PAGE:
Nine paragraphs into the piece, the religious folks got a voice:
But some conservatives and religious groups said the new rules would allow them to live out their religious beliefs. Speaker Paul D. Ryan of Wisconsin hailed the rules as “a landmark day for religious liberty.” The rules were also welcomed by groups like the Little Sisters of the Poor, an order of Roman Catholic nuns who had resisted the Obama administration’s mandate because, they said, it would make them “morally complicit in grave sin.”
“The new administration isn’t going to force Catholic nuns to provide contraceptives,” said Mark Rienzi, senior counsel at the Becket Fund for Religious Liberty, who represents the Little Sisters of the Poor. “We’ve been on a long, divisive culture war because the last administration decided nuns needed to give out contraceptives.”
From there on, the article zigzagged back and forth from one view to another. I felt both sides had their due, although my question on the zillions of women impacted by this decision wasn’t answered. Also, read the story's lede again. How is this issue framed?
The Washington Post did try to answer that question: The explanation is a bit long, so stick with me.
In two separate briefings for reporters, senior Health and Human Services officials contended the change will still leave “99.9 percent of women” with access to free birth control through their insurance. They said the estimate was based on the number of groups that have filed lawsuits over the provision.
In one section of the religion rule, administration officials predict 120,000 women at most will lose access to free contraceptives through the combined rules -- many fewer than critics anticipate.
They write that they do not know how many employers or insurers that omitted contraceptive coverage before the ACA did so based on religious beliefs that would now allow them to be exempt. For that reason, the rule says, HHS cannot predict how many entities will want exemptions, other than the groups that have filed recent lawsuits or made other public statements against the Obama-era policy.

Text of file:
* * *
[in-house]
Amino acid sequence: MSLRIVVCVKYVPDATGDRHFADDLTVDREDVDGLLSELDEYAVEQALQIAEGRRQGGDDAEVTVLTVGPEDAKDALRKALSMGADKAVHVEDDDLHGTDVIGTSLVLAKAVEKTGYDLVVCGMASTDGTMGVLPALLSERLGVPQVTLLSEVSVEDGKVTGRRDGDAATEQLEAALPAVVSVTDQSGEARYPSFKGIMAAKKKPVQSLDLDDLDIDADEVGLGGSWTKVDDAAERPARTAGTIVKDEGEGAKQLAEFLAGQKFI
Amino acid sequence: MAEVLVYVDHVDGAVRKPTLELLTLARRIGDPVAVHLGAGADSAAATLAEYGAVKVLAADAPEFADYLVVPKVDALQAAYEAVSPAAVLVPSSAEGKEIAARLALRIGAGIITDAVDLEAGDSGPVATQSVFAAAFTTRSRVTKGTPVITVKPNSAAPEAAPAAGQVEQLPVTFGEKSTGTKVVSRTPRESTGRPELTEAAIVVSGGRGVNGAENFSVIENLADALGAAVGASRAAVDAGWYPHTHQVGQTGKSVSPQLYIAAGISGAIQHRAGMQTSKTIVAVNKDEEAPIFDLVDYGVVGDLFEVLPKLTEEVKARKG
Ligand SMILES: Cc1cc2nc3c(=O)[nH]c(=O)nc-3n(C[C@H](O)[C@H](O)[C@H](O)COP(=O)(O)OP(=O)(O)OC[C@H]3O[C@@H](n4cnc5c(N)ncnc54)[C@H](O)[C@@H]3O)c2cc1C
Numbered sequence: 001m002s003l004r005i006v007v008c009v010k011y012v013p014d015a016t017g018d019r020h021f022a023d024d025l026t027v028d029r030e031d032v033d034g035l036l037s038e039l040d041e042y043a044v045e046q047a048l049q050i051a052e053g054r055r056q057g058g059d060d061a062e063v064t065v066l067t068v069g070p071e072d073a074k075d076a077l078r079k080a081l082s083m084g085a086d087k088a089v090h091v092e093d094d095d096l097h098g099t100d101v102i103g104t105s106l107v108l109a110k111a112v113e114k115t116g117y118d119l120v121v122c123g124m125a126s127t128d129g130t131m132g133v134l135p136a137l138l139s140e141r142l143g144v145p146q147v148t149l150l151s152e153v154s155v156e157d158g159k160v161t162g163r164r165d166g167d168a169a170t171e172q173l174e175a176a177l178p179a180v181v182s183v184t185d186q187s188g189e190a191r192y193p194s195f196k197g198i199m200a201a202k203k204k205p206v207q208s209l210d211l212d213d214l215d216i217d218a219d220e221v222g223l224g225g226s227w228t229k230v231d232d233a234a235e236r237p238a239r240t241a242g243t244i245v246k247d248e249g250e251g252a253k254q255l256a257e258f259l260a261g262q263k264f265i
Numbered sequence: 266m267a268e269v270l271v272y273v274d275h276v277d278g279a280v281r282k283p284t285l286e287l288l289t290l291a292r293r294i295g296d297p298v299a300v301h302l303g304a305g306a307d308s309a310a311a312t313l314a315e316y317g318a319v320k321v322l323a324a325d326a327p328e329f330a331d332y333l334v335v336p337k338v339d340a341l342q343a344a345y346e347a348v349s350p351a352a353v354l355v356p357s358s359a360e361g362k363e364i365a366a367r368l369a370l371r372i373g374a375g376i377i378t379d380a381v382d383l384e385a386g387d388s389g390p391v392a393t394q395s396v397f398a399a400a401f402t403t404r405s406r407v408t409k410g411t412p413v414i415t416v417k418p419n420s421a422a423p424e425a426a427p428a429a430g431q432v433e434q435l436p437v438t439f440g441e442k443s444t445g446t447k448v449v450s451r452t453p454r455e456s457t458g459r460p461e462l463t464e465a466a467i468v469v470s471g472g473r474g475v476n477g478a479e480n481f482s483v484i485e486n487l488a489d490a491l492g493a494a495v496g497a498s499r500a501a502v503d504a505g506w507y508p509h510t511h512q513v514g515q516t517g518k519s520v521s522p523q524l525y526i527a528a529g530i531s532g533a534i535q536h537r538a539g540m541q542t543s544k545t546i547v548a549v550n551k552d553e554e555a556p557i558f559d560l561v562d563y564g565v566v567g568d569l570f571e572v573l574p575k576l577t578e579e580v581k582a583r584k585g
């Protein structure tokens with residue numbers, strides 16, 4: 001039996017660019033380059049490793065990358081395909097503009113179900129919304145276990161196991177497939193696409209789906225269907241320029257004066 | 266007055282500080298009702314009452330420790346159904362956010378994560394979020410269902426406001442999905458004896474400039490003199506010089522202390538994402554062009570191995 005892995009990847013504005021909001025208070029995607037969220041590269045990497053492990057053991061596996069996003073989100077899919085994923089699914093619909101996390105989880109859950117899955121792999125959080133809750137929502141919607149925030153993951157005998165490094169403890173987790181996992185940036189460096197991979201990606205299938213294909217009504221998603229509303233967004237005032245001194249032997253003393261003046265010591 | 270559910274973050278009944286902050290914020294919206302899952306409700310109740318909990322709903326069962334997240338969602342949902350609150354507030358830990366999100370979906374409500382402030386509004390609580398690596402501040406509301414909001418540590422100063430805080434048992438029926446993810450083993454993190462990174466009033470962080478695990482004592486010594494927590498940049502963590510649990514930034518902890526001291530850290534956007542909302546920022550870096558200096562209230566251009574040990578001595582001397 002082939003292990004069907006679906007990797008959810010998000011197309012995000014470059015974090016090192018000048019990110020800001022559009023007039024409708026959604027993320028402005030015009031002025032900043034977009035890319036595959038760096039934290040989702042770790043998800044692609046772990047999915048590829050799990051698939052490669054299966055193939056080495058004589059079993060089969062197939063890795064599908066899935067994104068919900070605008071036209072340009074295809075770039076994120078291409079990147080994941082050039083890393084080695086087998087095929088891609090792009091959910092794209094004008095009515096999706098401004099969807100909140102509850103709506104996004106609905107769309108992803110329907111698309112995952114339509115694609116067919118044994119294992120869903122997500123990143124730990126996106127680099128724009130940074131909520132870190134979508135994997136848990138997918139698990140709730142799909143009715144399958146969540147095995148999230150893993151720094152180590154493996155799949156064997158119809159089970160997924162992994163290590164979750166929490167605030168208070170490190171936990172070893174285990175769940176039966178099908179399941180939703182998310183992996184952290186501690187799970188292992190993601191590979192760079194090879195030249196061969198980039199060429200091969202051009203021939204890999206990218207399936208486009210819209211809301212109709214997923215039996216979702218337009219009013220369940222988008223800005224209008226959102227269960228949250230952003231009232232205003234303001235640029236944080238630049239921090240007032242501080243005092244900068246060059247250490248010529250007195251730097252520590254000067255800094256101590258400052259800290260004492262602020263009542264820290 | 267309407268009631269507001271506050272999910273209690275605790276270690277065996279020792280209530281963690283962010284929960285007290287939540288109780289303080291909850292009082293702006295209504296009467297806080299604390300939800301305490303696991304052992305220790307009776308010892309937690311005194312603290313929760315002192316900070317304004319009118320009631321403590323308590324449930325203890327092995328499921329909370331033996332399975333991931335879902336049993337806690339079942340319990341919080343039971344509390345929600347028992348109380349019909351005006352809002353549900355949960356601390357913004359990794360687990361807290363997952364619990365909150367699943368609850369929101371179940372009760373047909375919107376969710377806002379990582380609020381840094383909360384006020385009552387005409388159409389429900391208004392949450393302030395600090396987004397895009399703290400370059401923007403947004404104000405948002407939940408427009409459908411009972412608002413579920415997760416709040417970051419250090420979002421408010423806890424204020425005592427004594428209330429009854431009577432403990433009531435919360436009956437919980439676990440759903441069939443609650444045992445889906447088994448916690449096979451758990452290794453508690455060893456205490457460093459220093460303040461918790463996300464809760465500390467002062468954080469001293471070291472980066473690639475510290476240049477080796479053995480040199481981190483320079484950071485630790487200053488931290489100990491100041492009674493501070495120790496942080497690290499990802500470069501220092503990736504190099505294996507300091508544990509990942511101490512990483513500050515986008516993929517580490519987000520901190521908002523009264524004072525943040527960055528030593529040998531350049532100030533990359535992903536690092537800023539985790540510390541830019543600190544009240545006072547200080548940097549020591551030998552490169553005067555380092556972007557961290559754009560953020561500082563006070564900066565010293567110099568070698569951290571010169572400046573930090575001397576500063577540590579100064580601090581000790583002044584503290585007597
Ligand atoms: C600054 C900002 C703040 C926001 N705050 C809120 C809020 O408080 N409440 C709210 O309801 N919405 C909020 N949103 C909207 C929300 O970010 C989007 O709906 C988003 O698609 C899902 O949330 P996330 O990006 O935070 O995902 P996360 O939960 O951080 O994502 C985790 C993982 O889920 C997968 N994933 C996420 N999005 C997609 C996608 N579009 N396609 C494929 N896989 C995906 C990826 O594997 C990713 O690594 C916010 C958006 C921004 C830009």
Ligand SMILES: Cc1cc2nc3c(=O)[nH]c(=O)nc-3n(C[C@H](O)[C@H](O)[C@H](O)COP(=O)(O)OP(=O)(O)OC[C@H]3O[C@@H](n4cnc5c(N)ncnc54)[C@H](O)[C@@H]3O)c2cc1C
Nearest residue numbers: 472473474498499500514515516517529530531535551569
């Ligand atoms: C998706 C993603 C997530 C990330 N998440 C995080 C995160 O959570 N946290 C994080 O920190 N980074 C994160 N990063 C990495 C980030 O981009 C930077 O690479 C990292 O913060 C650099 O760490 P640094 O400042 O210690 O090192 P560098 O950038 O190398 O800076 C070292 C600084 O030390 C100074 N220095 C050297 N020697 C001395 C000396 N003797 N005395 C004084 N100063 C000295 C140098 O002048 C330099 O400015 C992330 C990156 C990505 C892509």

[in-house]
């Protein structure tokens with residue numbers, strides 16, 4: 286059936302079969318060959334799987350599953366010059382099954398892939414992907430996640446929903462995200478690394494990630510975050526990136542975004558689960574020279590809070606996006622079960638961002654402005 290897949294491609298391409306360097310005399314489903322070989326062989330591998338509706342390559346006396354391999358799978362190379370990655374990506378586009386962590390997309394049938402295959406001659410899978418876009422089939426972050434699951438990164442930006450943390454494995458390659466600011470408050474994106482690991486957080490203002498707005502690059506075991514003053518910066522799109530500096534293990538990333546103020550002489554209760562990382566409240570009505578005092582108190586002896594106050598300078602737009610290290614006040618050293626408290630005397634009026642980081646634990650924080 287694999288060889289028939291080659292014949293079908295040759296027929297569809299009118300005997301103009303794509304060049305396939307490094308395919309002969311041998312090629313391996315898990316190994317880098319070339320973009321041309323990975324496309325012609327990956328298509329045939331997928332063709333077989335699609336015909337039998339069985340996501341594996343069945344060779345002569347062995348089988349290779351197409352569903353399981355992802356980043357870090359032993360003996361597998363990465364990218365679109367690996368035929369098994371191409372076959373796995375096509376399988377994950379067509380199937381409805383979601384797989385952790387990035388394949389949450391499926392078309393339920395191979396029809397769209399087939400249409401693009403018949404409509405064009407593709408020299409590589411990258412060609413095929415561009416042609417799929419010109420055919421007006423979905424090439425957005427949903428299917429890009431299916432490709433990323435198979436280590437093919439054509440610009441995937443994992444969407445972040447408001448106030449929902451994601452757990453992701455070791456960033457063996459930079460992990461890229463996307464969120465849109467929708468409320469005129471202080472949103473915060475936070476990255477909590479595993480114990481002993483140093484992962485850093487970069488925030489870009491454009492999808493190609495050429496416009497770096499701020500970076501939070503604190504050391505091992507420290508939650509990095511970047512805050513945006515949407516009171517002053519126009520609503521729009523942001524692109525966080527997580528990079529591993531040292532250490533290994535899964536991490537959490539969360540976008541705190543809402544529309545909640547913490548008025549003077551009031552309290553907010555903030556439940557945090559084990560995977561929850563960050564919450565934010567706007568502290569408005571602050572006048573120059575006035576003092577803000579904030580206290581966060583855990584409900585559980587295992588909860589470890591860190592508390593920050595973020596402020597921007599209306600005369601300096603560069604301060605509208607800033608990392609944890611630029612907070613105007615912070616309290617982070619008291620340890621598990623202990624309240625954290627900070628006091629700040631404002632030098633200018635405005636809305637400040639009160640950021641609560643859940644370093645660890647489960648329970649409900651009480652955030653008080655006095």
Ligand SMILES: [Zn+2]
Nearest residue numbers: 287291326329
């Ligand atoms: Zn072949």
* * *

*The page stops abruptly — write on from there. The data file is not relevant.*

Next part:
The analysis concludes that perhaps one-third of women who get insurance through such groups -- the estimated 120,000 -- would end up paying for birth control on their own.
Now that was more helpful, as was this piece from The Week as to what birth control actually costs women. The pills themselves aren't that much but other methods, such as IUDs, cost more.
Other sources, such as CNN, only included one point of view. In its lead article on the Trump administration’s move, the writers had five people complaining about the rule change and not one person praising it. CNN also had a sidebar pointing out that many women take birth control for medical conditions unrelated to birth control.
The Weekly Standard was the only publication I viewed that led with reaction by the nuns in the Little Sisters of the Poor lawsuit that challenged the Obama administration in court over the contraception mandate. Of course, that is a culturally conservative magazine.
The Christian Post was the only publication that published the disparate views of religious groups ranging from the Knights of Columbus to the Interfaith Alliance on the ruling, from the right to the religious left. Very few outlets did either. So religious beliefs were not at the heart of this story?